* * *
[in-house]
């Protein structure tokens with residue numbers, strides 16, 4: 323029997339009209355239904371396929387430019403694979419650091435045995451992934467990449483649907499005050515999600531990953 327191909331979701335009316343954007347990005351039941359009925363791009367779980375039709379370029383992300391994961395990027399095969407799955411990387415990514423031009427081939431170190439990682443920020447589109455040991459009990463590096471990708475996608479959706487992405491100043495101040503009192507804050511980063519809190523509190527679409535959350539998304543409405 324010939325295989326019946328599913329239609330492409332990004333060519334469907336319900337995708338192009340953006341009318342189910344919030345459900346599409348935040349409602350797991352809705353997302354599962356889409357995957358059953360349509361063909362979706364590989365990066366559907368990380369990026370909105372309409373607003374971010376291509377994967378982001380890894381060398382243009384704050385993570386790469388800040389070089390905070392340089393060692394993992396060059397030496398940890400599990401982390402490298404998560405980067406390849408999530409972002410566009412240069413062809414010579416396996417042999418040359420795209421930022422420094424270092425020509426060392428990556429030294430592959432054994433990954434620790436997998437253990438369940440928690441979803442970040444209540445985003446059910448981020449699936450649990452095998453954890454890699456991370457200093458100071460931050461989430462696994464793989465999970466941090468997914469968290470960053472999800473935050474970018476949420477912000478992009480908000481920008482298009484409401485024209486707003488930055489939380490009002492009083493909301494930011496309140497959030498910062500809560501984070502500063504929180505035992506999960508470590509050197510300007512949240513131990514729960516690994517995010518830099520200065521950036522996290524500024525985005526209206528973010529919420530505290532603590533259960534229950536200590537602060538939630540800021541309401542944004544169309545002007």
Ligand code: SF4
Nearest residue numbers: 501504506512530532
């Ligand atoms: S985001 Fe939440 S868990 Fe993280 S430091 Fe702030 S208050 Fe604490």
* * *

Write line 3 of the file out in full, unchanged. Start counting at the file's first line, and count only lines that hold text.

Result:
Ligand code: SF4